Tortillas, buns top sandwich bread types on menus

by Eric Schroeder
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CHICAGO — Tortillas and buns are the leading types of sandwich bread on limited-service restaurant (L.S.R.) menus, according to “The Sandwich Consumer Trends Report,” published May 31 by market research firm Technomic.

The data, based on Technomic’s MenuMonitor database, found tortillas and buns tied as the most frequently listed sandwich bread on L.S.R. menus in 2011 at 5.5% each. By comparison, tortillas topped the category at 5.6% in 2009, while buns were at 3.9%.

Meanwhile, sourdough was found on 4.2% of menus, up from 2.5% in 2009, ciabatta was on 4% in 2011, up from 3.5% in 2009, and panini was on 3.8% in 2011, up from 3.1%.

“Some of these leading breads, including ciabatta, focaccia and flatbread, suggest a signature or gourmet positioning and are more likely to be found on fast-casual or bakery-cafe menus,” Technomic said. “Other popular breads, such as tortillas, point to a variation in preparation, i.e., the sandwich as a wrap.”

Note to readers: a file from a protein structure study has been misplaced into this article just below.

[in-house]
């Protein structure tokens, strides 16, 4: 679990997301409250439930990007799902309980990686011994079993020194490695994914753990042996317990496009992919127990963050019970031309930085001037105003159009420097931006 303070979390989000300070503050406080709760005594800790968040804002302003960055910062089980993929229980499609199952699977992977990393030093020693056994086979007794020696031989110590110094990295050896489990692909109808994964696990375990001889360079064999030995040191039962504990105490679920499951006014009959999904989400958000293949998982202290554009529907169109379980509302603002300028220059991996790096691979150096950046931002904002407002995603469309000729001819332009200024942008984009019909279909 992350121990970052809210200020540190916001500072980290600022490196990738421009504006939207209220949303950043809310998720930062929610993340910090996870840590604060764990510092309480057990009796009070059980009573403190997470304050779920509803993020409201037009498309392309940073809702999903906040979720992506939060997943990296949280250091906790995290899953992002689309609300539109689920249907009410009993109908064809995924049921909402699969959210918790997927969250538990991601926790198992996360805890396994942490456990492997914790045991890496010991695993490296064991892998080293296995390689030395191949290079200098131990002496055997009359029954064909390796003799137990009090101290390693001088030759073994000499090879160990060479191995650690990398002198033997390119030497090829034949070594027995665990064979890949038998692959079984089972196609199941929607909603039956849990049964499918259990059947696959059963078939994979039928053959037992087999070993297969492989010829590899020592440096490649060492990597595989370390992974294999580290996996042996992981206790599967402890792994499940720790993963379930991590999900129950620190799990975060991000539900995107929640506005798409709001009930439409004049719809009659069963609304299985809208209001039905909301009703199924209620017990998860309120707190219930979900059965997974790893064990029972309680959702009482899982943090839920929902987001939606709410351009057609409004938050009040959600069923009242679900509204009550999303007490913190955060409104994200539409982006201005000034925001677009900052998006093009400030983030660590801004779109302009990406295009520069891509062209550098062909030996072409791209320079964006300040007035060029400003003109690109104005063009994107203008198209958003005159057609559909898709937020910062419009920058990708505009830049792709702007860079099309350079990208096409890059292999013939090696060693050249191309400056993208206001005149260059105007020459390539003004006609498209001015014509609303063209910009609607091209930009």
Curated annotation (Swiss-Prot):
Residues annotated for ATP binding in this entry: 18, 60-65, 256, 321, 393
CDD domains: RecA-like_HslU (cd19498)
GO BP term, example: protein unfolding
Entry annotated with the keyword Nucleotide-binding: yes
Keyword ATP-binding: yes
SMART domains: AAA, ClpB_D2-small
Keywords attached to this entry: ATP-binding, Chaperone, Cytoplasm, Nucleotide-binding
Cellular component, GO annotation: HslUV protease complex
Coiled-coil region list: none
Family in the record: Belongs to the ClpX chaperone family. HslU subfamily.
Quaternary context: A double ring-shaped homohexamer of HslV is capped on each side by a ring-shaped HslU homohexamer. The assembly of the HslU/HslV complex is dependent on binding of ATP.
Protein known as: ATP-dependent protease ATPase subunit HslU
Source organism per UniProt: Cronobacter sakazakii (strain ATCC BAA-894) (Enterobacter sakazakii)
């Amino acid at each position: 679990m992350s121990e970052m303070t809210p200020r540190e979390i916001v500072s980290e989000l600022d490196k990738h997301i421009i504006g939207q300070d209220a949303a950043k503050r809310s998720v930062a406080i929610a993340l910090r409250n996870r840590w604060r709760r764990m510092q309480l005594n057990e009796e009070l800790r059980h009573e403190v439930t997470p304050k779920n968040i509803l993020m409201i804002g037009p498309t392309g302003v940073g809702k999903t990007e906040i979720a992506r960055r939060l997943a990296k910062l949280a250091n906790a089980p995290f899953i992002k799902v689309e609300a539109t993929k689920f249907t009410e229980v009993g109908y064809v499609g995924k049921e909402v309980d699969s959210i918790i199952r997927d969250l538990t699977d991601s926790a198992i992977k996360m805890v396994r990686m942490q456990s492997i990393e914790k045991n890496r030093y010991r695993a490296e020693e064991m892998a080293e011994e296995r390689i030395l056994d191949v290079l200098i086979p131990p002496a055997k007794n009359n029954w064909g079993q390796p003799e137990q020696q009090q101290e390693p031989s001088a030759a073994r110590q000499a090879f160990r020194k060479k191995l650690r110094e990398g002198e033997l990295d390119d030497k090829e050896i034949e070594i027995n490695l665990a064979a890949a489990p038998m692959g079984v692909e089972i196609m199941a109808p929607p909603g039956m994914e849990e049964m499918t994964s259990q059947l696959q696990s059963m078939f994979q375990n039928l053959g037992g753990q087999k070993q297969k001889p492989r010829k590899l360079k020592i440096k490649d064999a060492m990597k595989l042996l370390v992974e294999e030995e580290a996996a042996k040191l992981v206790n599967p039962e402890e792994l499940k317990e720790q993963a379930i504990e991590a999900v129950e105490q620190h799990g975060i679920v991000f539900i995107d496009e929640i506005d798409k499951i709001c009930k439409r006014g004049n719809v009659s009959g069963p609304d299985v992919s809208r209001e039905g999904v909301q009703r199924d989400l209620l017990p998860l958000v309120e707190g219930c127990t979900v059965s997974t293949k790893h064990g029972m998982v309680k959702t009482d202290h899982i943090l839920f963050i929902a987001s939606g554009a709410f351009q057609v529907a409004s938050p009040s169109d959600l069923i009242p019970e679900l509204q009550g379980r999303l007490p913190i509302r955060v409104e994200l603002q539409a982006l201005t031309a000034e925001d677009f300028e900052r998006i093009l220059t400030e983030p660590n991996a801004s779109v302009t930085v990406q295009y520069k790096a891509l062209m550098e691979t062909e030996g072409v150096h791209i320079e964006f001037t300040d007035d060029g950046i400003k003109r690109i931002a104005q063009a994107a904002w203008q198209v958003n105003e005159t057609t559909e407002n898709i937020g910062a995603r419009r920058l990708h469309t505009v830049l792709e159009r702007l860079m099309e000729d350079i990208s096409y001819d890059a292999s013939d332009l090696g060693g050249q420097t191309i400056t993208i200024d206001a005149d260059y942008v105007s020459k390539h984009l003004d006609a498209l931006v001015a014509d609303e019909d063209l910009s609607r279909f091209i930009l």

While tortilla’s presence slipped narrowly to 5.5% from 5.6%, the only other leading sandwich bread to ease between 2009 and 2011 was bagels, which fell to 3.5% from 4%.

On full-service menus, buns and tortillas, at 8.4%, overtook the top sandwich bread of 2009, sourdough, at 7.4%. Sourdough had been on 8.1% of F.S.R. menus in 2009, while buns were on 7.4% and tortillas on 5.1%, according to Technomic.

“Tortillas have been a particular growth ingredient, perhaps illustrating the proliferation of hearty wraps as an entrée suitable for both lunch and dinner on F.S.R. menus,” Technomic said. “Other F.S.R. sandwich breads have experienced either minimal growth or decline since 2009. MenuMonitor shows modest increases for ciabatta (from 4.5% in 2009 to 5.9% in 2011), hoagie rolls (from 3.9% in 2009 to 5% in 2011) and pita breads (from 2.1% in 2009 to 3.5% in 2011). Similarly, panini breads, wheat and croissant sandwiches grew slightly within this time frame on F.S.R. menus. French bread was another growth variety, having more than doubled its presence on F.S.R. menus for sandwiches since 2009.”

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